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Phoenix: Irish Short Stories 1997

Edited by David Marcus

This is the second annual anthology of short stories by Irish writers, edited by that tireless promoter of Irish writing, David Marcus, and published by Phoenix House. It contains sixteen stories, some by established or beginning to be established names, some by newcomers for whom this is the first time in print.

Among the ones which impressed me most were: ‘A Door in Holborn’ by Padraig Rooney, who is obviously a consummate lover of language and a master of atmosphere and the telling detail; ‘As Kingfishers Catch Fire’ by Colum McCann, with its echoes of John McGahern’s ‘Korea’, and its delicate, almost surrealist surprises; and ‘Writing Cookbooks’ by Maxim Crowley, who is, on the evidence of this contribution, the possessor of a macabre imagination and subversive sensibility which, while uniquely his own, read like a riveting cross between the alienation of any of Beckett’s many anti-heroes with the Baroque obsessiveness of Peter Greenaway, especially as exemplified in The Cook, The Thief, His Wife And Her Lover.

Since its publication early last year, I have been extolling right, left and centre to anyone who cares to listen, the many virtues and merits of Mike McCormack’s debut collection Getting It In The Head. He is represented here by ‘The Angel Of Ruin’ which, while not the best story from his book, and probably chosen with the American market in mind, does give a sampler of the enormous talent displayed in Getting It In The Head, which in its turn gave indications that McCormack is a worthy aspirant to the mantle of Poe, Borges, Calvino, Ballard and Pynchon, and might one day be worthy to join that pantheon and live on the same plane inhabited by these God-like geniuses.

‘Eel’ by John Dunne, of this parish, is a pithy tale of domesticity and vasectomy. (There is a difference between men and women, and it is a vas deferens.) ‘Fortune-Teller’ by Shelia Barrett partakes of the succintness and deadpan tone of Alice Munro.

But the real stone classic here is the last, long, story ‘Heaven Lies About Us’ by Eugene McCabe. Sure, it’s set in the past, and it takes place against a backdrop of an Irish identity constructed around Catholicism and Nationalism which is all but dead and gone, but in its treatment of the genuine horror of child abuse and incest it reaches emotional depths only plummeted in fiction of the highest order. It is not its choice of theme which makes this story great (everyone is writing about child abuse these days), but the sensitivity with which it is handled and the powerful punch it packs. It should also be remembered that the Kerry Babies, Ann Lovett and the X case are events which cannot yet be consigned to ancient history, and that they have become deeply ingrained in the national psyche. I have not read any of McCabe’s other work, but on the evidence of this story alone he is a great writer, and I will be rectifying my omission as soon as possible.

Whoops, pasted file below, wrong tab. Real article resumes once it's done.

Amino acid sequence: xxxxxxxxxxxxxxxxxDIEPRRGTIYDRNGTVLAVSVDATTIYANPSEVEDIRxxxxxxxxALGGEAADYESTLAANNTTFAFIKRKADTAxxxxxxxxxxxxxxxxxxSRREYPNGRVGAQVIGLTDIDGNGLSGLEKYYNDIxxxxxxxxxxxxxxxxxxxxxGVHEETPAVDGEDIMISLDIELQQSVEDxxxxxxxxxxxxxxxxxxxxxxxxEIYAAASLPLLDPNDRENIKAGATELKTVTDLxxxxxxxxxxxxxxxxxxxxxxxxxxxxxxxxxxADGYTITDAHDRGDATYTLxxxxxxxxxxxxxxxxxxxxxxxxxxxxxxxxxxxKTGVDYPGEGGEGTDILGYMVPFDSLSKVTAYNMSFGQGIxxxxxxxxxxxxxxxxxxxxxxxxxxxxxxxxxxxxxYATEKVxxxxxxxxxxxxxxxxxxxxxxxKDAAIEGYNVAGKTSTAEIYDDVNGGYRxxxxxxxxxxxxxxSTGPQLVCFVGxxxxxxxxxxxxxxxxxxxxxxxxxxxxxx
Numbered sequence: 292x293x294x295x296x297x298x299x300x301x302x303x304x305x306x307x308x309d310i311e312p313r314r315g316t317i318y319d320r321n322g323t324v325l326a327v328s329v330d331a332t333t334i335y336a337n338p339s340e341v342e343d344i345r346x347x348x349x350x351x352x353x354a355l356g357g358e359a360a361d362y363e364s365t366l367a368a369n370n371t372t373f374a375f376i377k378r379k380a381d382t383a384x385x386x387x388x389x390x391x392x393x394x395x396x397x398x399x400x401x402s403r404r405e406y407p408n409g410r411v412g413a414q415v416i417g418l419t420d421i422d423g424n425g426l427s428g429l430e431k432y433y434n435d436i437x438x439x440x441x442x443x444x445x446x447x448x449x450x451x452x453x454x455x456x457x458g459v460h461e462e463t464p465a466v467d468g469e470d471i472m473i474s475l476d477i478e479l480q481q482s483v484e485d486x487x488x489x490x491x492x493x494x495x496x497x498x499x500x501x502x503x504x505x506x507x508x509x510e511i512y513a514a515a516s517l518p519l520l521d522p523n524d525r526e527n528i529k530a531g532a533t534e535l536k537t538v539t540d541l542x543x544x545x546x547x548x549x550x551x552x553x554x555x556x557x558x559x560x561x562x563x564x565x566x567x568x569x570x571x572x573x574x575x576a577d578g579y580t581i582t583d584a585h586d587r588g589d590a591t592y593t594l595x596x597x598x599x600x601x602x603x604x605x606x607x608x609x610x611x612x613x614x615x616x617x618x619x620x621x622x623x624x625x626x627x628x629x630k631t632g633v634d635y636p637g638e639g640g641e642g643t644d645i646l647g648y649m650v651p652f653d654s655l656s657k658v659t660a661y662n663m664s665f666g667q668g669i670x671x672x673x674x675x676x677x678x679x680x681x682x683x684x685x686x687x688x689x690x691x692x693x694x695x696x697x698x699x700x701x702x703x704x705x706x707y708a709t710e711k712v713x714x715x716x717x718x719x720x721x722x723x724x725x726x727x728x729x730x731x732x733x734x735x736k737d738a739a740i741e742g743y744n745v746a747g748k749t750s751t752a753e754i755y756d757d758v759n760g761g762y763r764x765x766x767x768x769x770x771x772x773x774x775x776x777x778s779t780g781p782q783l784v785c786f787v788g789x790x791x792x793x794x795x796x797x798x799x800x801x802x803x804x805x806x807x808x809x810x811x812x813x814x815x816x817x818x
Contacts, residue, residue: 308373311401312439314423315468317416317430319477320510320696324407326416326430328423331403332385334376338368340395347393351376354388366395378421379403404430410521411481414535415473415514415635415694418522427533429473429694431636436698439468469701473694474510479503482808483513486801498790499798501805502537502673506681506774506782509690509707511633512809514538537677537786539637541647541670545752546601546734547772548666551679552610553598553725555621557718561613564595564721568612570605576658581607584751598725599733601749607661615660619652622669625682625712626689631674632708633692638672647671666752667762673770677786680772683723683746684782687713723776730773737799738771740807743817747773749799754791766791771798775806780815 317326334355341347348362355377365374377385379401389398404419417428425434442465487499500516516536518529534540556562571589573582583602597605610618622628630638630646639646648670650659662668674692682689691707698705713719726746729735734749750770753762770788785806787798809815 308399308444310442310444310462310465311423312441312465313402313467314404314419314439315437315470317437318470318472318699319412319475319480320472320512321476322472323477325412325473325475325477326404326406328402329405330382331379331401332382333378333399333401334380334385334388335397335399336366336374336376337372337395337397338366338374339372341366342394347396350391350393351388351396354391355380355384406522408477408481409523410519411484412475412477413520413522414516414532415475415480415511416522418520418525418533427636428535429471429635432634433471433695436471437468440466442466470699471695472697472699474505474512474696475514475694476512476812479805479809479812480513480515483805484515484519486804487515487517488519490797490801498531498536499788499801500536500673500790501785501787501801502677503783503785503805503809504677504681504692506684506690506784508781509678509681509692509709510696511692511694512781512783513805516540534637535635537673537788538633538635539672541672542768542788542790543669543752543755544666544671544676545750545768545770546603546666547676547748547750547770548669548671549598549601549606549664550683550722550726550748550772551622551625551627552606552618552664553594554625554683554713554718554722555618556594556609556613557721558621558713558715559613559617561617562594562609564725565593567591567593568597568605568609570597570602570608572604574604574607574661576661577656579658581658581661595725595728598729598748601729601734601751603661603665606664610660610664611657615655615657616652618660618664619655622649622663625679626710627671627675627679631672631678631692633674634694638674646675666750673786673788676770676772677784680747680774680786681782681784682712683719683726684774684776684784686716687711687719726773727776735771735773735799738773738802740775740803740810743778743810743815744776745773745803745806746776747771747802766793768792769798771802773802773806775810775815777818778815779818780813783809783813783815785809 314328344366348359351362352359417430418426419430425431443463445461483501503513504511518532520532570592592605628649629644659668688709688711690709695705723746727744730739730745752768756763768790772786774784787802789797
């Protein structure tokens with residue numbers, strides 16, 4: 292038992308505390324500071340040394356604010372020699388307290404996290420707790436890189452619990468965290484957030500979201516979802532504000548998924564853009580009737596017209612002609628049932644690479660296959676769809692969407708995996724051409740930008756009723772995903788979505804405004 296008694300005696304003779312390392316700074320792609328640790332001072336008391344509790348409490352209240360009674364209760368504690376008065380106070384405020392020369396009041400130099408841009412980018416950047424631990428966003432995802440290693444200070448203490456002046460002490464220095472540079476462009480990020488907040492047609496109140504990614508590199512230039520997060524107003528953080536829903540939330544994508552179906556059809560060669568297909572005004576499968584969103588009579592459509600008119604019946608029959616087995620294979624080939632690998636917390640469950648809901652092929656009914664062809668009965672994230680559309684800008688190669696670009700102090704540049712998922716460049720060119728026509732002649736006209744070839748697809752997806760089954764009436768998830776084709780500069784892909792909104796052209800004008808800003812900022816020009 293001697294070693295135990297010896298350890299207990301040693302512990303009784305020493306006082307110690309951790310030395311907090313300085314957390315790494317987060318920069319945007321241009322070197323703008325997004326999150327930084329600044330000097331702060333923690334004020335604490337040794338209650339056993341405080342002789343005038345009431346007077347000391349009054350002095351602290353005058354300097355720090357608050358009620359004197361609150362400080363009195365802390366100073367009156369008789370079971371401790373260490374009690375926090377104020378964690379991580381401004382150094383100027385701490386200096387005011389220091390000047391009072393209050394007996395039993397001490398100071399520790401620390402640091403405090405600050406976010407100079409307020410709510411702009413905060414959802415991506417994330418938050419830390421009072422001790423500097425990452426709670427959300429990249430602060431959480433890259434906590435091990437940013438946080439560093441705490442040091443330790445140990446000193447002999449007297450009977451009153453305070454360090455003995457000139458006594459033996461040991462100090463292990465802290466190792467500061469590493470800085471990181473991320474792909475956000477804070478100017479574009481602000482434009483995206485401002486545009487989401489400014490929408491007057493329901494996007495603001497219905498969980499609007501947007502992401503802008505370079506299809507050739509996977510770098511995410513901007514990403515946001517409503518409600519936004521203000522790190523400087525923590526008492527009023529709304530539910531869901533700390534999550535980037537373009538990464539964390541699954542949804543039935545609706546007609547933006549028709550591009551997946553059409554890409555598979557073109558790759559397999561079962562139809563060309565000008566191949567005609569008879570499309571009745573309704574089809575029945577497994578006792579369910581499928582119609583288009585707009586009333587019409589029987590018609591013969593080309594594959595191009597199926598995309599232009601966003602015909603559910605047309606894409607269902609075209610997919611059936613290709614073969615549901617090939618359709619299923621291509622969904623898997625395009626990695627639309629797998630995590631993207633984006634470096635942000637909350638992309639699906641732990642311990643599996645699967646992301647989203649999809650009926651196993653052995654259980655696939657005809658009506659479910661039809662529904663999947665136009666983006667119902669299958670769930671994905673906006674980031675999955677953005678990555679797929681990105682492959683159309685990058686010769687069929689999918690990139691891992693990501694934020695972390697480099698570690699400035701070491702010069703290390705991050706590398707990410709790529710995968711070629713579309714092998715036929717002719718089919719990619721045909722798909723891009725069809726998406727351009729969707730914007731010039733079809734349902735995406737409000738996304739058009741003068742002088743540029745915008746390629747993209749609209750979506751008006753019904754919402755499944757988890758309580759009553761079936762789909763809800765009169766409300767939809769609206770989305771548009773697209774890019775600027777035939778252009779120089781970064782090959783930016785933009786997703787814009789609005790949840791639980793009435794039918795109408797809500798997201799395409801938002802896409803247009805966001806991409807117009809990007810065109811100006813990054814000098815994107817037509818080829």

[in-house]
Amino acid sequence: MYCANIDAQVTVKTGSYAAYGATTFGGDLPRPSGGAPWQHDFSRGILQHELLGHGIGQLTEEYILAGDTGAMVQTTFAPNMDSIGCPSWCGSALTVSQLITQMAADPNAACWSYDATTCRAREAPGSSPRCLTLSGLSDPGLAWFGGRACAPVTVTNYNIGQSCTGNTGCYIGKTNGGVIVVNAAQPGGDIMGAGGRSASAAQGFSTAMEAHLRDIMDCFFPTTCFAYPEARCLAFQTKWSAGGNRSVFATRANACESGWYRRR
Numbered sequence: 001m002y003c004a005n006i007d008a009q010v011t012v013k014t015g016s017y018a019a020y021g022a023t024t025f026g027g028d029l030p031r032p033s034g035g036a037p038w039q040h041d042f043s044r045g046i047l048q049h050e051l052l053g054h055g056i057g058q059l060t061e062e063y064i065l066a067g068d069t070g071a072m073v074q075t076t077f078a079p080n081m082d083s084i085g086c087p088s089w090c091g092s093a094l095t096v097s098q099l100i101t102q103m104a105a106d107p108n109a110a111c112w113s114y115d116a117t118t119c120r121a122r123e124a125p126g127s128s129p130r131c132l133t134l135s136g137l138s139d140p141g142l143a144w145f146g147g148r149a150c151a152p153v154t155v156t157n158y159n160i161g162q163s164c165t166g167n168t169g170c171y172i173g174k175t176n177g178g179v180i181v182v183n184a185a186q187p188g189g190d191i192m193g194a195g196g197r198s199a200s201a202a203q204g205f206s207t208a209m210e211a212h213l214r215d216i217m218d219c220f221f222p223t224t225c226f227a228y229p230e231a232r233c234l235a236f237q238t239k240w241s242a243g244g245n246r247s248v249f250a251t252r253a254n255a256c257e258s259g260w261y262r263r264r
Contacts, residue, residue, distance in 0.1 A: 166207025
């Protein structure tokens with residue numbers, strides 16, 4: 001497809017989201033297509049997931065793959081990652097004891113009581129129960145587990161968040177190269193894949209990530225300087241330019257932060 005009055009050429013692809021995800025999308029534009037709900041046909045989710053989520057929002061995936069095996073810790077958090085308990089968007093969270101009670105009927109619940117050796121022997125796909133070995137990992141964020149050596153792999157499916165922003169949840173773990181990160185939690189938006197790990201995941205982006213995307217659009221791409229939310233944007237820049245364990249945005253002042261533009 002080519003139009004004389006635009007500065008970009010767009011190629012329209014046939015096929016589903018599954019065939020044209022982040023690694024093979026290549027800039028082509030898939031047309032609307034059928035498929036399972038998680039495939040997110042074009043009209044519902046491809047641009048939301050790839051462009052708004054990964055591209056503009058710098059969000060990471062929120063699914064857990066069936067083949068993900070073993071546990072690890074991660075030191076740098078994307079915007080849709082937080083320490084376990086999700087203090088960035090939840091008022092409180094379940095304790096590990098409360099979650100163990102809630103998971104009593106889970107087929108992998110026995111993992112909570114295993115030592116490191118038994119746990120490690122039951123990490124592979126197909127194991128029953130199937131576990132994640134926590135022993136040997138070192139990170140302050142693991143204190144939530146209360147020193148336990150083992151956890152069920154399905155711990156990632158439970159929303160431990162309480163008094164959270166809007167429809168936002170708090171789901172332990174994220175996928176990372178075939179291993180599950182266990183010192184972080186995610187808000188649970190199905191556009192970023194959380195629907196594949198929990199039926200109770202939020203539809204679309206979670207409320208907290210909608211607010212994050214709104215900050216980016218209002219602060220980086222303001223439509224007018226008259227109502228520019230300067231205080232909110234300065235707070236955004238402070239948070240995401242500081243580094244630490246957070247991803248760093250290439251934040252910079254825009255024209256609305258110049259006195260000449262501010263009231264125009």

There are traces in this book of what Beckett termed ‘antiquarianism’ (and the new antiquarianism is designed to please the expatriate Irish-American rather than the indigenous Catholic Nationalist audience), an elevation of the grand realist tradition at the expense of the more experimental tradition. In other words, one is more likely to discover a fledgling Corkery, O’Flaherty, O’Faolain or O’Connor here than a budding Joyce, Beckett, Flann O’Brien or Banville. Also, the book is ill-served by its cover, an embarrassing collage of a pint of Guinness, a statue of the Virgin Mary, a pair of hurley sticks and a harp on a tricolour. Are we, worryingly, meant to take these symbols seriously, or are they, one hopes, intentionally kitsch? (The best cover of an anthology of Irish writing undoubtedly has to be that of the Picador book edited by Dermot Bolger, with its photograph of Marilyn Monroe reading Molly Bloom’s soliloquy.) These criticisms aside, the Phoenix: Irish Short Stories series is one of the very best ventures of its kind, and this year’s volume will serve to bring some published writers to the attention of a wider readership, and some unpublished ones to the attention of publishers.

First published in The World of Hibernia


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